Friday, May 1, 2020
The Seventh Circuit once again struck AG Barr's unilateral conditions on a federal law-enforcement grant to sanctuary cities, ruling that the conditions violated the separation of powers and upholding a nationwide injunction against their enforcement.
The ruling is yet another significant victory for sanctuary cities. Just one circuit, the Second Circuit, has upheld the conditions; four other circuits have overturned them. We last posted on the issue--on the Second Circuit ruling--here.
The court ruled that the AG lacked statutory authority to impose the notice, access, and compliance conditions on Chicago's Byrne JAG grant. The court also ruled that the AG lacked authority to impose two additional conditions, the harboring condition (which prohibits grant recipients from making any "public disclosure . . . of any federal law enforcement information" in order to conceal or harbor a fugitive from justice) and the additional certification condition (which requires recipients to certify that they don't have any law or policy that would impede federal immigration enforcement). (The AG added these last two conditions while the case was pending.)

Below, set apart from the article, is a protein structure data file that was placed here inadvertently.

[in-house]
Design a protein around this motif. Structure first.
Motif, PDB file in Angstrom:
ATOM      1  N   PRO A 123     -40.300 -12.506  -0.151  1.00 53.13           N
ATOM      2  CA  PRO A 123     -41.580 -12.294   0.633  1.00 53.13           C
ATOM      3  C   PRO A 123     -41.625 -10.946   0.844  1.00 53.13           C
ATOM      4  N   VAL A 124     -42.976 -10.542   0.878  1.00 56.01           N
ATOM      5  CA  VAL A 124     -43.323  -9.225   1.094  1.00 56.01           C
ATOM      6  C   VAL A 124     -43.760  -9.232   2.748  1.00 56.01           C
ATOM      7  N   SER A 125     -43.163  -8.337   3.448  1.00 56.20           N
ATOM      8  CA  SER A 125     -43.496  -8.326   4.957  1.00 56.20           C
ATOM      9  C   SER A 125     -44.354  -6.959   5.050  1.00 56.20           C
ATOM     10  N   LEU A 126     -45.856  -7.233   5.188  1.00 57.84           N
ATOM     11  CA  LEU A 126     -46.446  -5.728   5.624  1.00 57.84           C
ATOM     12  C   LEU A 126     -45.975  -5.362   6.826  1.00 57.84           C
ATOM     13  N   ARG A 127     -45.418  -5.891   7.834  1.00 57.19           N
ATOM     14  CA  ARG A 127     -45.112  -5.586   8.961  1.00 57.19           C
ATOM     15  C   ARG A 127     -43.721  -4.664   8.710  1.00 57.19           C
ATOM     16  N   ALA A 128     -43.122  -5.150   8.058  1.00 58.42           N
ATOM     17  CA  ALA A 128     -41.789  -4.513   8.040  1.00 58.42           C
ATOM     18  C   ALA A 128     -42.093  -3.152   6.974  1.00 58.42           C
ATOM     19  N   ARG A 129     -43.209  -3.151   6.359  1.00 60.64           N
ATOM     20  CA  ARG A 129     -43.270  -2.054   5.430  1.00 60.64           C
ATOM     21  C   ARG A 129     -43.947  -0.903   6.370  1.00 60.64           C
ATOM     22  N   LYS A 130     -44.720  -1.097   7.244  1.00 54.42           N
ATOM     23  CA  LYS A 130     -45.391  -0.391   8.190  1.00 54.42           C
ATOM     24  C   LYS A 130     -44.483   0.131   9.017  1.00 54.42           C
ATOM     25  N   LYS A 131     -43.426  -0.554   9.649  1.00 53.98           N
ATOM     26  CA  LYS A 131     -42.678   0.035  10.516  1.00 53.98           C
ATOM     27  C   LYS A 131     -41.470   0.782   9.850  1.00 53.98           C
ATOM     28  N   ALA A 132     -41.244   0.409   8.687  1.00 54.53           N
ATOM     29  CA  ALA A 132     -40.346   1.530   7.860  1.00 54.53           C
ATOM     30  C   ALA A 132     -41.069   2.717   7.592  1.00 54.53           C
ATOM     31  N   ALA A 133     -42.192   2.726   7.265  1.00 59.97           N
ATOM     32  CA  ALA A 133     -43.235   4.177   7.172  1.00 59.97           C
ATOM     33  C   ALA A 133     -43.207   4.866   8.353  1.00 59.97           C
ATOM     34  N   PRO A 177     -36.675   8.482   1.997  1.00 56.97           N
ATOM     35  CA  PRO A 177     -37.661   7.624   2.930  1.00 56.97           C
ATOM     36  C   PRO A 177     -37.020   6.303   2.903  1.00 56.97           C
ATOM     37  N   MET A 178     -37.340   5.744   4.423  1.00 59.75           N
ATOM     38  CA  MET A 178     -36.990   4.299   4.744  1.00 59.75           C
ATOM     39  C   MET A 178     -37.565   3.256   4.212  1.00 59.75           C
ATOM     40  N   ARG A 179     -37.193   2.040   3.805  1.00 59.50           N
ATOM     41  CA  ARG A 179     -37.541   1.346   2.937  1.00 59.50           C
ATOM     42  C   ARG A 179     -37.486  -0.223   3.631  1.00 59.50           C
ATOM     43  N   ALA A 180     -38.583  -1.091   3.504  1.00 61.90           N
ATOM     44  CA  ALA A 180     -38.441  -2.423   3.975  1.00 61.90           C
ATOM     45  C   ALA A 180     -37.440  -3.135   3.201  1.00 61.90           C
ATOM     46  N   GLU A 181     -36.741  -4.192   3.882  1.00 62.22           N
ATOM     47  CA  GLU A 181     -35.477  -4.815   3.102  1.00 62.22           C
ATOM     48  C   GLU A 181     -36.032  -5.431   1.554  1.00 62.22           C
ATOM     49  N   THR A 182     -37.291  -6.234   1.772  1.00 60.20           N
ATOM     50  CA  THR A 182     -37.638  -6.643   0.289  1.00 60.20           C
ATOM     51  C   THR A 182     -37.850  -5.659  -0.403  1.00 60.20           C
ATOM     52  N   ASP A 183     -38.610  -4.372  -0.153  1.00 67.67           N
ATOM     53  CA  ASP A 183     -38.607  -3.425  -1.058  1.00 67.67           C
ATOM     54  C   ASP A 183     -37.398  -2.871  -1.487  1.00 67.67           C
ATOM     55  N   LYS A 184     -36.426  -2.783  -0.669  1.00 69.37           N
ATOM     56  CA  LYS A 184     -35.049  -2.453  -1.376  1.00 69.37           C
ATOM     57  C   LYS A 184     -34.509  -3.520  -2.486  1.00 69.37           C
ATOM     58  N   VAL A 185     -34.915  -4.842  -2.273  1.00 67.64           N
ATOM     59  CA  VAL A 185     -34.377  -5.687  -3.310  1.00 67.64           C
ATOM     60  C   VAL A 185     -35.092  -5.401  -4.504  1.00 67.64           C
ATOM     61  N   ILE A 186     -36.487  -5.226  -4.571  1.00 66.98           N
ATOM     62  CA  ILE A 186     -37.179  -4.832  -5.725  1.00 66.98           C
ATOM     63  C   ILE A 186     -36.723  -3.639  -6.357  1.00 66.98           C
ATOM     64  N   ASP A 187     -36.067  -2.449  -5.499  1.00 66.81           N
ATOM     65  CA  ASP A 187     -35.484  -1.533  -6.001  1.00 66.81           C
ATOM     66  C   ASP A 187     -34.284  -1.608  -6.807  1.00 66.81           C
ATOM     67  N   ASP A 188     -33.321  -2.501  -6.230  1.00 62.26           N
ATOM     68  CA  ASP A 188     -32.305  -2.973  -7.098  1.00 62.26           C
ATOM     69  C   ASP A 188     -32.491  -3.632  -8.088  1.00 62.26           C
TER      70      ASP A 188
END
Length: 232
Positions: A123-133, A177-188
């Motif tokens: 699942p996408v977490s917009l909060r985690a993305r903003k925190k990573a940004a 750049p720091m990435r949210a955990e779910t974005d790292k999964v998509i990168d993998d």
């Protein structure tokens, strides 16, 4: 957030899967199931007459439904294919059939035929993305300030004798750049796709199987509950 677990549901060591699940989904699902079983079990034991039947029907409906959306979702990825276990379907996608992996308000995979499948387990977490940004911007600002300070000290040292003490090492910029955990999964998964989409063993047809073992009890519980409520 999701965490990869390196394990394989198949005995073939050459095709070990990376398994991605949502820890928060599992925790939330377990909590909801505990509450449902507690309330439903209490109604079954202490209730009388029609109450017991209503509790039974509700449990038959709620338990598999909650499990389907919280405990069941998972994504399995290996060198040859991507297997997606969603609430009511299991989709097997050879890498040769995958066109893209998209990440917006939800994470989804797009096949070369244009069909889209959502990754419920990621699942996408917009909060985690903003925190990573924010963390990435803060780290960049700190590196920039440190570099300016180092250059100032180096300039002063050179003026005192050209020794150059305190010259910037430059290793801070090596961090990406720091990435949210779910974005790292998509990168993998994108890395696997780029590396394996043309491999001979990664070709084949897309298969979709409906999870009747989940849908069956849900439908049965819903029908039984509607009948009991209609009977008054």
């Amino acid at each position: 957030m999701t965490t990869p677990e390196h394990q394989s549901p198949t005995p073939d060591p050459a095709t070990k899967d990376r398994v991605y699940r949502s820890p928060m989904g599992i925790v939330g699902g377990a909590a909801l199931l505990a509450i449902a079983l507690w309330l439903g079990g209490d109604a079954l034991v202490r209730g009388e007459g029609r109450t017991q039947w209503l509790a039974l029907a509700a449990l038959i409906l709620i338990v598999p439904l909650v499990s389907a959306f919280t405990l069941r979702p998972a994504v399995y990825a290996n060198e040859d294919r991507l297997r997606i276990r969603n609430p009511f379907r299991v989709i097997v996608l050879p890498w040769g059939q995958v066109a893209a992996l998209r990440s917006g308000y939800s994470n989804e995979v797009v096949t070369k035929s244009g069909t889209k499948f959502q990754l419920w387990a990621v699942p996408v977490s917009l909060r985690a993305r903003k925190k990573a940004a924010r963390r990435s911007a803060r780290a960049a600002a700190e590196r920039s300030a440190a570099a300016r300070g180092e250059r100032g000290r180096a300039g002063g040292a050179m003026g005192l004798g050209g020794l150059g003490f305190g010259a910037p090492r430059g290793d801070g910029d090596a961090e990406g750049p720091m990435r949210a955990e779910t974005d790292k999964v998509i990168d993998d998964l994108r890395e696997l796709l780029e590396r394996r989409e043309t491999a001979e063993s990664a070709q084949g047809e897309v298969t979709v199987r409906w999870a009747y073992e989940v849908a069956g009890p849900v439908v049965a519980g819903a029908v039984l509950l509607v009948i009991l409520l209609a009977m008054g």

The court affirmed the district court's nationwide injunction because of the nature of the AG's violations (in particular, the AG's constantly evolving claimed statutory authority, and the AG's imposition of new conditions, all seemingly designed to work around existing injunctions) and because of the nature of the grant (a formula grant, so that Chicago's portion depends on the portions awarded to other jurisdictions nationwide).
Judge Manion concurred in the court's ruling that the conditions violate the separation of powers, but dissented as to the nationwide injunction.